“A gambler’s wet dream and an accountant’s worst nightmare!” : the enormous seduction of the micro-festival | Music

“We started with five of us putting £100 in a pot and hoping for the best,” says Henry Morris of the Field Manoeuvres micro-electronic music festival.

Along with Leon Cole and Ele Beattie, they’ve been hosting their annual “no frills rave” at a secret countryside location since 2013, when 350 people showed up to sweat it out in a field. “It started out as a party for us and our friends and it still is, it just got a little bigger,” says Beattie. This year’s event, featuring Kode9 and Overmono, will host 1,500 people, but there are no plans to expand further.

There is a growing desire to keep things small. The experimental Supernormal music and arts festival hosts 1,500 people at Braziers Park, Oxfordshire; just 600 people attended Sea Change in Totnes earlier this year, and indie band Sea Power are hosting their own festival, Krankenhaus, for 750 people at a Lake District castle, featuring Low and Richard Dawson, during the bank holiday of August. weekend. “People love that it’s so intimate,” says band guitarist Martin Noble. “It’s really magical for people seeing big bands on a small stage.”

Sea Power performing at Hospital 2019. Photography: PR document

In an age of countless music festivals, many of which try to be everything to everyone, micro-festivals are an opportunity to create something unique instead of adding to the clutter. “At some festivals, you feel like you’re herded like cattle to be gutted of as much money as possible and then sent back again,” says Supernormal’s Jimmy Martin. “We wanted to be the antithesis of that.”

The corporate character of some festivals can also be circumvented. “You spend your life being told to buy things,” says Morris. “If a rave is anything, it’s a bit of an escape from this world.” You won’t find expensive VIP add-ons either. “There are no hot tubs or four-course sit-down meals,” says Cole. “We do however have a pub, peanuts and a fruit machine.”

Micro-festivals also increase bonding potential. “At a bigger festival, you might share a moment with someone on the dance floor, but who knows if you’ll ever find them again,” says Beattie. “At Field Manoeuvres, on Sundays when you try to introduce people, they are already new best friends. We have seen some great relationships blossom. There are definitely a few babies that are the result of the festival. Similar micro-festivals have also been dreamed up by participants, such as Twisted, Floorless and Above Below.

Organizing something that results in creative collaboration is rooted in the core spirit of Supernormal. “It’s about creating a forum where people can express themselves and brainstorm ideas,” says Martin. Synth-pop-punk band Charismatic Megafauna is a key example: they met there, formed, and then returned to play a year later. Martin describes him as a “huge catalyst for artists”.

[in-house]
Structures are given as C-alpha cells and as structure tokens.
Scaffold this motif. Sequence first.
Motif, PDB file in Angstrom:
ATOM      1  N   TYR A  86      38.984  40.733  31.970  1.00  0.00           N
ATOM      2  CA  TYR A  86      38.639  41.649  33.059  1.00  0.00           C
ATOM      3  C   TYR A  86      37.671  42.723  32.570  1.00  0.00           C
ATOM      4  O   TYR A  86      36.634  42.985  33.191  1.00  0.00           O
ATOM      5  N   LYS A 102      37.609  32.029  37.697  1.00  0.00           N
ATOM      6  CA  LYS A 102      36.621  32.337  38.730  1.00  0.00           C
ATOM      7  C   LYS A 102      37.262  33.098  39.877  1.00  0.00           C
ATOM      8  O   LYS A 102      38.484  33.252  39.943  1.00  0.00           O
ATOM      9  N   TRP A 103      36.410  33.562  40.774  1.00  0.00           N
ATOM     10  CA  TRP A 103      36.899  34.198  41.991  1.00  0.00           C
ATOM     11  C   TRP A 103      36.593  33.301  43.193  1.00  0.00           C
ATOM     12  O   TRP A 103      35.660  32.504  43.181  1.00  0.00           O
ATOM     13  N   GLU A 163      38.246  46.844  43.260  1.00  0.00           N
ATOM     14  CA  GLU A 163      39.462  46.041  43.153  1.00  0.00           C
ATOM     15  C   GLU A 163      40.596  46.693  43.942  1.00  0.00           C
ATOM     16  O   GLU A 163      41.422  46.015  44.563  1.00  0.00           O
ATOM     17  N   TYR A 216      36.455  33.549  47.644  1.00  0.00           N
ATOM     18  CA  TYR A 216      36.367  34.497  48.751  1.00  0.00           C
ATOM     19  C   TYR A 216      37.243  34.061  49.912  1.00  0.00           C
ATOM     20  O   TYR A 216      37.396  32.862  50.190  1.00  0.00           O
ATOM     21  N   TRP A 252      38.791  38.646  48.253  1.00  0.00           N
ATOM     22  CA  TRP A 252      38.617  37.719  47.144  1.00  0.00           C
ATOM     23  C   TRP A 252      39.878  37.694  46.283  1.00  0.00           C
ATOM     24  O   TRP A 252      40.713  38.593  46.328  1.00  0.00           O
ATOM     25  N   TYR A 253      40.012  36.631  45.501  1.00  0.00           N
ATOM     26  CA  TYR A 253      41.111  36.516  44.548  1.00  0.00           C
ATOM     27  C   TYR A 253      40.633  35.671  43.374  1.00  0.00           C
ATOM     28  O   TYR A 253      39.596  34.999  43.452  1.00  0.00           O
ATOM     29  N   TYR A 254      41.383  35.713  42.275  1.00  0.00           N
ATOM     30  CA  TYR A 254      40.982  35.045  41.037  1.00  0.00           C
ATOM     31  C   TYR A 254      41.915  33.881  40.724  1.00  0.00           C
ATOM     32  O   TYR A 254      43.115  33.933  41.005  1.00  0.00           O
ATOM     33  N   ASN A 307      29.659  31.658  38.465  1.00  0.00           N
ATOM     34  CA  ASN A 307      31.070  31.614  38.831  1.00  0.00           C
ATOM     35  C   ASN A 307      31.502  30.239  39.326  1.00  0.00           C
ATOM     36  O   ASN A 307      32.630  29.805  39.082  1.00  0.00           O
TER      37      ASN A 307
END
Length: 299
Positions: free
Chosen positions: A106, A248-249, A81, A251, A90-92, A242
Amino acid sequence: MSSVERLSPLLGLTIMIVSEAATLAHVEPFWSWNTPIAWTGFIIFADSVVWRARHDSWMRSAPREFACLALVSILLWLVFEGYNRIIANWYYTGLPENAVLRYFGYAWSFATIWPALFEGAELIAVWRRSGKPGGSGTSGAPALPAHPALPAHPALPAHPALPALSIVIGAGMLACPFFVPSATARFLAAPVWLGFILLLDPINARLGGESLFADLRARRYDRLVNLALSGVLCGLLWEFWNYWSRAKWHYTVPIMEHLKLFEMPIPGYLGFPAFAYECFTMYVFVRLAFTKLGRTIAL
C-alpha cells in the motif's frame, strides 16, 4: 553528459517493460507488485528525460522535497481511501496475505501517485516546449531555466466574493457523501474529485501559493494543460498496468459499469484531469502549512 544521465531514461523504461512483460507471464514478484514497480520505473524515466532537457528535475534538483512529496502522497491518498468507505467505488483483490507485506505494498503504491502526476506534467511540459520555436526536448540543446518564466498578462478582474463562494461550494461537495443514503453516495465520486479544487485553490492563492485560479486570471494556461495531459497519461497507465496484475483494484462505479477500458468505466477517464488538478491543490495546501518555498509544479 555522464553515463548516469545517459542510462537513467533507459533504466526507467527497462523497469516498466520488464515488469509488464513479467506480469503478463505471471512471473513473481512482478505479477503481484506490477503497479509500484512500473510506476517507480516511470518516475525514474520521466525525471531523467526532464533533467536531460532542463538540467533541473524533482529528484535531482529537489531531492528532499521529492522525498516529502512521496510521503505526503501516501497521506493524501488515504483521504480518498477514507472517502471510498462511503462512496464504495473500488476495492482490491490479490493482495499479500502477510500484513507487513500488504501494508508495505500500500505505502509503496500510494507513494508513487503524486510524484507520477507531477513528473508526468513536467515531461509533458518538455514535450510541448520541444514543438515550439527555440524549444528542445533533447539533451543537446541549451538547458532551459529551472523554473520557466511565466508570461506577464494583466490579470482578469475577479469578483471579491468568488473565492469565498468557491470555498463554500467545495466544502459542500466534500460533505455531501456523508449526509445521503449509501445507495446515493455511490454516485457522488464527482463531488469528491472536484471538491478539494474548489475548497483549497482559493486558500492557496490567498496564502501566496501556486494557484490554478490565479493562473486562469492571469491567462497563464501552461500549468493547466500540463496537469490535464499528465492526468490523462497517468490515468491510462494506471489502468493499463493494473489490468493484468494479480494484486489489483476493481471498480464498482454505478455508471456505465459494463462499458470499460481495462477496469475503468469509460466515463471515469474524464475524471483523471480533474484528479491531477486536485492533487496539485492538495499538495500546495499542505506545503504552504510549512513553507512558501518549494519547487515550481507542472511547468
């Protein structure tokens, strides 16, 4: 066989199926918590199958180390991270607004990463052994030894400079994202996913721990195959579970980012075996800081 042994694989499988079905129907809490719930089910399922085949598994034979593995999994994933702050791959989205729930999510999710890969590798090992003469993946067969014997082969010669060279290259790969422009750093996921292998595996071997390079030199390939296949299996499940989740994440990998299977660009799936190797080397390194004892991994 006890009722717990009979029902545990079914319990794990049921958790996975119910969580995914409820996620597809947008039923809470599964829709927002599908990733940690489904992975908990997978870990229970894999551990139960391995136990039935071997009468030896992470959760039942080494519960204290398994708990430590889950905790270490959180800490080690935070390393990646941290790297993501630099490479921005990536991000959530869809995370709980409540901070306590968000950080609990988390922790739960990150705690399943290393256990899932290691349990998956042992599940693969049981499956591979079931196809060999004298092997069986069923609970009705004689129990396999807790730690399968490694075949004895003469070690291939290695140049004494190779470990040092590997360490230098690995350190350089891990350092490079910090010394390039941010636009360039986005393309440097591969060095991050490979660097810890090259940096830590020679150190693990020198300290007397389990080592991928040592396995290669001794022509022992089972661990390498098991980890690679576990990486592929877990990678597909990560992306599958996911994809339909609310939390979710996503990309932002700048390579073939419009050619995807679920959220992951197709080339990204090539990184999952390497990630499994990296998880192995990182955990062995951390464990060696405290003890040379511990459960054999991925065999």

These events also hope to break down the boundaries between audience and artist. At Krankenhaus, the backstage is ditched in favor of common areas, where you can munch on a burrito with Gruff Rhys or “stumble across New Order’s Stephen Morris strolling around watching bird exhibits,” says Noble. Birds of prey exhibits are one of the many other features on offer, alongside guided walks, lectures and steam train journeys. “It’s like a vacation,” says Noble. “We want to highlight the rich landscape as well as the groups.”

A scene from the 2020 Field Maneuvers festival.
A scene from the 2020 Field Maneuvers festival. Photography: PR document

As well as a desire to foster a sense of community, it’s also the unique setting for these festivals – bands playing in a barn inside Krankenhaus Castle, while Braziers Park is in a country house and a level II domain – which determines the comfortable capacity. “We’re not prepared to do it elsewhere, but it’s worked to our advantage as we’ve avoided many other pitfalls that plague festivals, many of which relate to over-expansion and the pressures that come with it. “, explains Martine.

Basically, profit doesn’t seem to be a key motivator. Krankenhaus offers an additional free ticket for people who need caregivers and reduced prices for those who are unemployed or on low wages. “We don’t see it as a lucrative business,” says Noble. “It’s like our annual party. If we break even this year, we will be more than happy.

Similarly, Field Maneuvers operates with tiny margins. “It’s a gambler’s wet dream and an accountant’s worst nightmare,” says Morris. “But every year we’ve gotten a little bigger and tried to pay people as fairly as possible, with all the money going directly to make it the best party possible.”

Supernormal sold out in minutes this year – an irony not lost on Martin that by trying to make a festival super-intimate and inclusive, you risk becoming inadvertently exclusive.

However, it represents a real appetite for something more intimate, genuinely counter-cultural and idiosyncratic. “People make an emotional connection to it,” he says. “There is a great community here and I hope people come back from the festival feeling not shorn of every penny, but moved by the transformative power of art.”

Supernormal takes place at Braziers Park, Oxfordshire, August 12-14; Krankenhaus at Muncaster Castle, Cumbria, 26-29 August; Field maneuvers in a secret location, September 2-4

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